Kathleen Chew: We went to thousands of schools to provide Internet services and realised there were a lot of problems. Not only did they not have enough computers but there were issues of teaching not being delivered properly and disengaged children. The problem is huge and we can only address a small part of it. With MCII, we can get together and help a foundation do what it does best in this space.

BT: What role are you playing in the project?

Ms Quek: Hong Leong Foundation is part of the Steering Committee for this initiative. In terms of financial assistance, all partner foundations contribute to the programme backbone that is responsible for project planning, management and performance measurement on their behalf. In addition to this, relevant Hong Leong Foundation projects such as the After School programme, skills training and so forth would be expanded into targeted areas, namely in Klang Valley, upon instruction from this centralised office.

Ms Maimon: One of the uniqueness of the team that forms MCII is the fact that there is no one appointed as a leader, nor any committee appointment! The best person or the available person takes leadership, volunteers or takes turns to fill roles as and when they arise.

Mr Eddie: Besides funding, AIM with its fellow agency Malaysian Global Innovation & Creativity Centre (MaGIC) are assisting in terms of capacity building for social purpose organisations (SPOs), providing social impact measurement through the creation of a social impact measurement toolkit, and also getting the buy-in where we can from other government agencies or ministries as and when needed.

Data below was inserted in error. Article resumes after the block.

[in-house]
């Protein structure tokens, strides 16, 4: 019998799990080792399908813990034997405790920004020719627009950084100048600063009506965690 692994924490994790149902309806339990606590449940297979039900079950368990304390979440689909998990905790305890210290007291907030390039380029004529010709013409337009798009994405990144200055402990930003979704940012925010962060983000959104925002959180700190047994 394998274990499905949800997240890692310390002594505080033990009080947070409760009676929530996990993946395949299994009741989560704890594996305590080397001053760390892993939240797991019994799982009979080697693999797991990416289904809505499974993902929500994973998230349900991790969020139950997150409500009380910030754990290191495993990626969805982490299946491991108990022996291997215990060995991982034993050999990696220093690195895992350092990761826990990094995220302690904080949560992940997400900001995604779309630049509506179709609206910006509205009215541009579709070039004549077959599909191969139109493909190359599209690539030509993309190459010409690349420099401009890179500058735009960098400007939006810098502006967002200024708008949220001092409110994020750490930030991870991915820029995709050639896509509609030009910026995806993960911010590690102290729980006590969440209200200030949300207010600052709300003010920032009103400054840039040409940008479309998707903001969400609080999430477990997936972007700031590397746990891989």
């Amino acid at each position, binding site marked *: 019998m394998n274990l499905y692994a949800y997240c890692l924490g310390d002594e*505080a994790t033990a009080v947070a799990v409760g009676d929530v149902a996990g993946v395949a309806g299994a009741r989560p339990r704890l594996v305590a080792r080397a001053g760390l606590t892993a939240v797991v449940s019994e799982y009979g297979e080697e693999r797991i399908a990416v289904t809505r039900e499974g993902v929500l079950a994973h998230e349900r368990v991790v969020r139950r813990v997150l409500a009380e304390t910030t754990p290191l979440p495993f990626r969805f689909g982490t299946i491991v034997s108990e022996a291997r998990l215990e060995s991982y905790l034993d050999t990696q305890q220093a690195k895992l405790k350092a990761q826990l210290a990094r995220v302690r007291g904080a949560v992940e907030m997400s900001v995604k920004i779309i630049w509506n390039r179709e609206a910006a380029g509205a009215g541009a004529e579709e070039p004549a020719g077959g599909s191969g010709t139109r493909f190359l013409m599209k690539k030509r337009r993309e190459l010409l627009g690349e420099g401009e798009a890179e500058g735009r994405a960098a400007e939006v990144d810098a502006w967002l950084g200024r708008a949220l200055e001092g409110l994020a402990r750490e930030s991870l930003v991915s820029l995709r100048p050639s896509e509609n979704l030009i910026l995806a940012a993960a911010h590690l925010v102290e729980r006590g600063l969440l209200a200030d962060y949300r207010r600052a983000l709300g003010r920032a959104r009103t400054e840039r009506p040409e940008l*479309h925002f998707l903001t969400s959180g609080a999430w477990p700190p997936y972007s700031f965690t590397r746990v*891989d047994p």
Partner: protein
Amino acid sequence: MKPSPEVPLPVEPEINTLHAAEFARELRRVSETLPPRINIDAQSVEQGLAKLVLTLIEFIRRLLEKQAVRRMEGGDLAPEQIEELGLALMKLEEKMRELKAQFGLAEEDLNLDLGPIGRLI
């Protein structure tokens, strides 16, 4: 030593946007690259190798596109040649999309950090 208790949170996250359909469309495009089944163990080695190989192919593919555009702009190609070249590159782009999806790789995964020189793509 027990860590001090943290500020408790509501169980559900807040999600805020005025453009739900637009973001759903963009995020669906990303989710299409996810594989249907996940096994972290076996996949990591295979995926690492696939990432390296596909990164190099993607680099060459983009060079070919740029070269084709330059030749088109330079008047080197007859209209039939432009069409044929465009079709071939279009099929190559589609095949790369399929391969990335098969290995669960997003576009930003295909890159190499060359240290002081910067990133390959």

BT: What are you hoping to achieve and change in the long term?

Ms Quek: We would like to see measurable impact within our targeted areas, where all methods and parameters are well documented in a comprehensive "how-to" kit. This proof of concept, so to speak, would showcase the value of our work to any interested parties, including the government, which could then play a lead role in the implementation of similar initiatives in problem areas nationwide. Alternatively, such a wholesale approach could even be introduced should there be increased and sufficient participation from other supportive foundations.

Ms Maimon: To see that this model is as relevant in Malaysia as it is in the US, or the other parts of the world. We also want to see a systemic change in education and have this model scaled to other geographical areas in Malaysia.

Mr Eddie: We hope to get greater participation from all sectors to allow for increases in scale, allowing for replications of successful projects in other areas, and the maximisation of impact to the targeted recipients. This could lead to the possibility of one day lessening, or perhaps eradicating, some social issues.